Where do roof rats live?
Roof rats are named based off of where they live. They live in your roof! Or at least close to it. The roof of your home is almost always the point of entry for roof rats. They crawl through small holes surrounding duct work, ventilation, chimneys, and roof work. Once inside, they occupy small, dark, abandoned, high up areas. Including spaces such as attics, false ceilings, ceilings, and crawl spaces. Roof rats stay in theses areas because the heating of your home rises and keeps them warm. They enjoy laundry rooms and bathrooms because these rooms are especially warm. However, the kitchen is also a target because that is where the food and trash are kept.
When it comes to your yard, the cover of tall closely placed, dense trees with large connected canopies make the perfect roof rat hideout. Roof rats enjoy the cover of tall bushy palm trees of all varieties as well as oleander bushes. Oleander bushes are poisonous to humans and most house pets, but are nearly harmless to rodents. Roof rats like to be where the food is, so they also live near trash cans, pet food, and bird feeders. Roof rats are known for their excellent climbing abilities; however, they can swim. So they can also occupy pool and patio areas as well.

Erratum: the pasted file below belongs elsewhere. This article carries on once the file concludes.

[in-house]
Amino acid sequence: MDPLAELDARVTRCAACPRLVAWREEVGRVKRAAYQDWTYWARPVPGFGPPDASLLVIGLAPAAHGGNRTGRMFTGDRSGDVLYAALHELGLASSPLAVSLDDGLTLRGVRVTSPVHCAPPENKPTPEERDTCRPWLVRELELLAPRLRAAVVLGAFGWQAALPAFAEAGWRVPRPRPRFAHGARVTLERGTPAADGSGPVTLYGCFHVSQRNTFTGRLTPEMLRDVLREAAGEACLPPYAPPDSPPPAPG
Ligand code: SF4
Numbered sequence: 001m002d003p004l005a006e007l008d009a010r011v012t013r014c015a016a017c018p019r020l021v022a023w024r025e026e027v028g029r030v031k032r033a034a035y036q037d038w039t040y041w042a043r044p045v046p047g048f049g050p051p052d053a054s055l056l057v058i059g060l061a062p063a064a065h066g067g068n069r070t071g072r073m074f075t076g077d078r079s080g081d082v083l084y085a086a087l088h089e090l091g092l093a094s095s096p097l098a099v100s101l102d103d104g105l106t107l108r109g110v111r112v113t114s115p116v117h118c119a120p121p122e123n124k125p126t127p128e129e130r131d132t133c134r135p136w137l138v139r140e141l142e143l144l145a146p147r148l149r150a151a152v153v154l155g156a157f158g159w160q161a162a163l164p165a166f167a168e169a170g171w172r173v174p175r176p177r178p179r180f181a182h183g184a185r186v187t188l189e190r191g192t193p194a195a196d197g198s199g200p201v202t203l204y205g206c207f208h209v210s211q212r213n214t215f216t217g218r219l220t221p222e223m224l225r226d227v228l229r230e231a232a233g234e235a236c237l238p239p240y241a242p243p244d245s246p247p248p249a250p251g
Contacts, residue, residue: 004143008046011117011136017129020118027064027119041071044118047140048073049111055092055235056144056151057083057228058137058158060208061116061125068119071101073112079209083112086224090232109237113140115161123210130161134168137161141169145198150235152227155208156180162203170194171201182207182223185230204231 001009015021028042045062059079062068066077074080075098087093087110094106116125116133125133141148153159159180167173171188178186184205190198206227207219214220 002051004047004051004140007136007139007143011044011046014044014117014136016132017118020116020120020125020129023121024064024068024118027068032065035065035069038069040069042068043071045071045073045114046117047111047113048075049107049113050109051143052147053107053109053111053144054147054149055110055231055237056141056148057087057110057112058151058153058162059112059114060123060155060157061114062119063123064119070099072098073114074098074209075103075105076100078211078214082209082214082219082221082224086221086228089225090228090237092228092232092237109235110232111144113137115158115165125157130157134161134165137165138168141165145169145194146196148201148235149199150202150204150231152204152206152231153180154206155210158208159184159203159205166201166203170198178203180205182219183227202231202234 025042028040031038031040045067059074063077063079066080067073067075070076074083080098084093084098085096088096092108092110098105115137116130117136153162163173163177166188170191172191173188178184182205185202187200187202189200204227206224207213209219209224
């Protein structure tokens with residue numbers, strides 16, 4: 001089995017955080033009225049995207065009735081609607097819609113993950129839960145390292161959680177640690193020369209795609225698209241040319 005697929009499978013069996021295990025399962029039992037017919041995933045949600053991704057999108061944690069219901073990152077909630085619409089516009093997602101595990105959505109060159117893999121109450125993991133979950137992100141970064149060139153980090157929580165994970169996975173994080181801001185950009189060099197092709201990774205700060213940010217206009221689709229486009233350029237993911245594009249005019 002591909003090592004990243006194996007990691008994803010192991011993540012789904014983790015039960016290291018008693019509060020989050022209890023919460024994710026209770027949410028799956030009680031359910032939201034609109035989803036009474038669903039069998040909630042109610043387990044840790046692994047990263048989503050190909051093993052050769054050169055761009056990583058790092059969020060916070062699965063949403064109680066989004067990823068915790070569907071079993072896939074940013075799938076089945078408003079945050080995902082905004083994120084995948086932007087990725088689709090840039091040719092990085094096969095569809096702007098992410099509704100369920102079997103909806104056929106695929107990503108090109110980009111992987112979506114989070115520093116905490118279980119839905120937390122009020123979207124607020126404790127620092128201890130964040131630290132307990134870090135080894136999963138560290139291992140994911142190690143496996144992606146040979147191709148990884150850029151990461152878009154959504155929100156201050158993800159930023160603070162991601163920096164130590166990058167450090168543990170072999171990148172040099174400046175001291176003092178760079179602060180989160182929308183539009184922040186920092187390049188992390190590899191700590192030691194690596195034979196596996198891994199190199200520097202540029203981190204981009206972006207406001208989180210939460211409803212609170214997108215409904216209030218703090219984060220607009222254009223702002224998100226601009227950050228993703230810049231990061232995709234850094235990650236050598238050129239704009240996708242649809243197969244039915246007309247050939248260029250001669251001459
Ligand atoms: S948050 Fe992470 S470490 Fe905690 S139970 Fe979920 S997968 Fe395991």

Where else do roof rats live?
Roof rats can be found throughout North America. Especially along the West Coast, Southwest, and Southern border of the United States. In Arizona, known sightings have been made in the Arcadia district, Chandler, Mesa, Peoria, Phoenix, Paradise Valley, Tempe, as well as others throughout Maricopa County. Roof rats are homebodies. Once nested inside your home, most never travel more than 300 feet outside the nest. Roof rats depend on small contained areas (like your attic) to live and nest. In the wild, they last about 2-3 days before being hunted down by predators.
How do I know it’s a roof rat?
If you are unsure of the type of rodent that your home is harboring, keep reading. Roof rats are dark blackish brown and are generally found in high up places, like your attic. Other rodents such as Norway rats and house mice are usually found in different locations. Norway rats (also known as sewer rats) are larger rats that are light brown in color. Unlike the roof rat, Norway rats are not great climbers so you will usually find them in your basement or lower areas of the home. The house mouse is light brownish-grey in color and characteristically smaller than the roof rat. Usually, house mice can be found in cupboards, cabinets, and corners.